Neighbourly disputes in Singapore


3 May 2021

Incessant playing of the piano during the Circuit Breaker causes nuisance between neighbours

1. Introduction

Disputes between neighbours in Singapore are not uncommon. These neighbourly disputes include:

  • Activities that generate unacceptable smell
  • Activities that generate excessive smoke
  • Animal related complaints
  • Causing damage to property
  • Display of unacceptable behaviour or conduct
  • Dripping of water from laundry or other sources
  • Littering
  • Misuse or obstruction of common property such as HDB corridor obstruction
  • Noise complaints (for e.g. noisy neighbours that create unacceptable noise from 10:30pm to 7:00am)
  • Utterance or unacceptable words

The first neighbour dispute case where an Exclusion Order was issued by the Community Dispute Resolution Tribunal, involved a family that was allegedly harassed incessantly with hammering sounds and loud music.

2. Disputes between neighbours rose in 2020

According to the written answer by the Ministry of National Development (“MND”) on the number of complaints received in relation to noise from neighbours in HDB estates since the start of 2020, from January to September 2020, HDB has received about 11,400 cases of feedback relating to noise from residents’ daily activities, up from about 3,600 cases for the same time period in 2019.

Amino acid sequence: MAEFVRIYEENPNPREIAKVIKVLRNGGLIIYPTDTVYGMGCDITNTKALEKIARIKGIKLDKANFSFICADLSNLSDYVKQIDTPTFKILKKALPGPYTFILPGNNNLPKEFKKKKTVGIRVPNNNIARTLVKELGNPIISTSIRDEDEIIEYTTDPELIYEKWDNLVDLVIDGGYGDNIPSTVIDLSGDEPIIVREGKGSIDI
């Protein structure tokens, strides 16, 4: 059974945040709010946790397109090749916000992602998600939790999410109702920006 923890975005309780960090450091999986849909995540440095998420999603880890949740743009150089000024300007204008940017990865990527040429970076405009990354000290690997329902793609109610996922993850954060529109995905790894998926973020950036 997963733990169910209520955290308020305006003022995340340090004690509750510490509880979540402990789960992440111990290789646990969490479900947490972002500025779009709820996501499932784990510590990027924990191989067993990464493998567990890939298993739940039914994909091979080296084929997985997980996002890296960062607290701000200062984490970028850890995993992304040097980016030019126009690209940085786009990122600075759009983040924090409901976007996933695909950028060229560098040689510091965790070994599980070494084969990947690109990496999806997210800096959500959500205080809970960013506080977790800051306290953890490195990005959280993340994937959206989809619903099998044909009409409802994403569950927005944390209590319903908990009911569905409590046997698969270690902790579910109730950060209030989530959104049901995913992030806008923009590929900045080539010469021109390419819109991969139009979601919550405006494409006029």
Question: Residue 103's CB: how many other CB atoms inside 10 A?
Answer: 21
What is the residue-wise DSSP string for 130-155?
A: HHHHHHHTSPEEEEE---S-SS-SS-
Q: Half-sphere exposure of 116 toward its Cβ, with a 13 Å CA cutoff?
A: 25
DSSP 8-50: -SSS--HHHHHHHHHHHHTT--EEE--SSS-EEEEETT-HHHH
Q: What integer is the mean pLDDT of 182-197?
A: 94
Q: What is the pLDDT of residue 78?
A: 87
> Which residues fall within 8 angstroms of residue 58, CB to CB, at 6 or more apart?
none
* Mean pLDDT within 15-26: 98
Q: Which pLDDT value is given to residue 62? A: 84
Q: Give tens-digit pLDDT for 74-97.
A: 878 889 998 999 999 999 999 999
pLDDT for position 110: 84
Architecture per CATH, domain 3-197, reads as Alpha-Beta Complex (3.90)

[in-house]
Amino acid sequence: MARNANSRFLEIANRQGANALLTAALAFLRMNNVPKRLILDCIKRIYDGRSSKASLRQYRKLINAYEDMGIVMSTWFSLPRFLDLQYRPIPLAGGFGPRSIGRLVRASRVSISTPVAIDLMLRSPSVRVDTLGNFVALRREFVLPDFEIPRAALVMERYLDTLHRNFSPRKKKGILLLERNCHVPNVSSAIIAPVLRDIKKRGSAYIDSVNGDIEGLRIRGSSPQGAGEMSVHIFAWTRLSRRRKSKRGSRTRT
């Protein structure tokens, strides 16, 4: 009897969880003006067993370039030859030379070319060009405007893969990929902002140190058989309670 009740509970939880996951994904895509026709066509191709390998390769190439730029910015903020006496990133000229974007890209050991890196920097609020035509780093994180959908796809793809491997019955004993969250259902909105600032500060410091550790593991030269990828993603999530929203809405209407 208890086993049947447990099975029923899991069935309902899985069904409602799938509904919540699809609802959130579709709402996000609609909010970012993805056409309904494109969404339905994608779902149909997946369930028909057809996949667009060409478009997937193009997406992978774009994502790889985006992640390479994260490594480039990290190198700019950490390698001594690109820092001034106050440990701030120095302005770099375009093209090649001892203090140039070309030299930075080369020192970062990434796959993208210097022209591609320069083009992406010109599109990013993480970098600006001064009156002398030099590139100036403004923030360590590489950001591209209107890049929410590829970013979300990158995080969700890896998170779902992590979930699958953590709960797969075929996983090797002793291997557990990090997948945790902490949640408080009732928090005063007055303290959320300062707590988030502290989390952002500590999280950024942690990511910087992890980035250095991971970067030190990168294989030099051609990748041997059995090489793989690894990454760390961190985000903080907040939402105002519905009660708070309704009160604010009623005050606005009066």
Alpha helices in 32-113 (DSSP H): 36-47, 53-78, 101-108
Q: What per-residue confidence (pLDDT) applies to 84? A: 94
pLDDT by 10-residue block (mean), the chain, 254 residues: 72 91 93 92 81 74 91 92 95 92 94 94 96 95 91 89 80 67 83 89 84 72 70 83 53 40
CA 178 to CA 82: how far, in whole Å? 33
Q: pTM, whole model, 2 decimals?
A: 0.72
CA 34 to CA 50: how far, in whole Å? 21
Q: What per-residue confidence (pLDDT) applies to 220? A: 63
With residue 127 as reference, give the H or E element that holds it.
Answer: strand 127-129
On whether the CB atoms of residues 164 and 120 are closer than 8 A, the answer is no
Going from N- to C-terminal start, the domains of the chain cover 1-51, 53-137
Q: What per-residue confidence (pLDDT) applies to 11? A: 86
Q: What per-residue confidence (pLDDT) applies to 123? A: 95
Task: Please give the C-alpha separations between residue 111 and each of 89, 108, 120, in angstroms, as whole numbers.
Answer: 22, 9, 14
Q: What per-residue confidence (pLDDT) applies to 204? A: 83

From January to March 2020, there were about 500 cases of such feedback per month. This increased to about 1,800 cases of feedback per month from April to July 2020, especially during the Circuit Breaker period when most of us had to stay at home.

From August 2020, the number of such feedback dropped to 1,300 per month, likely due to the return of students to school and more workers to workplaces.

One such neighbourly nuisance case that happened during Circuit Breaker was between condominium neighbours who allegedly splashed water and caused unreasonable noise from bouncing of basketball. She was brought to court in a private prosecution. The trial to continue in July.

Recently, in a separate neighbourly dispute where the neighbour not only attempted to resolve the dispute by reaching out to the neighbour but also contacted the condominium managing body but to no avail. This dispute arises out of a neighbour’s incessant playing of the piano during the Circuit Breaker, and it continues for another six months from October 2020.

3. Joel Comments in CNA

Joel Wong was approached by CNA for his comments on what the residents with nuisance neighbours do to resolve their dispute and if most of these disputes are resolved.

Joel explains:

A magistrate’s complaint seeks punishment for the offender, while a civil suit seeks compensation.

In magistrate’s complaints, the person filing it will have to bear his own legal costs, while costs in a civil suit are decided at the end based on “blameworthiness”.

Whether getting a stiff penalty in court is enough to stop a neighbour depends on their personality and demeanour.

In general, yes – an adverse court ruling is likely to deter the neighbour from causing further nuisance.

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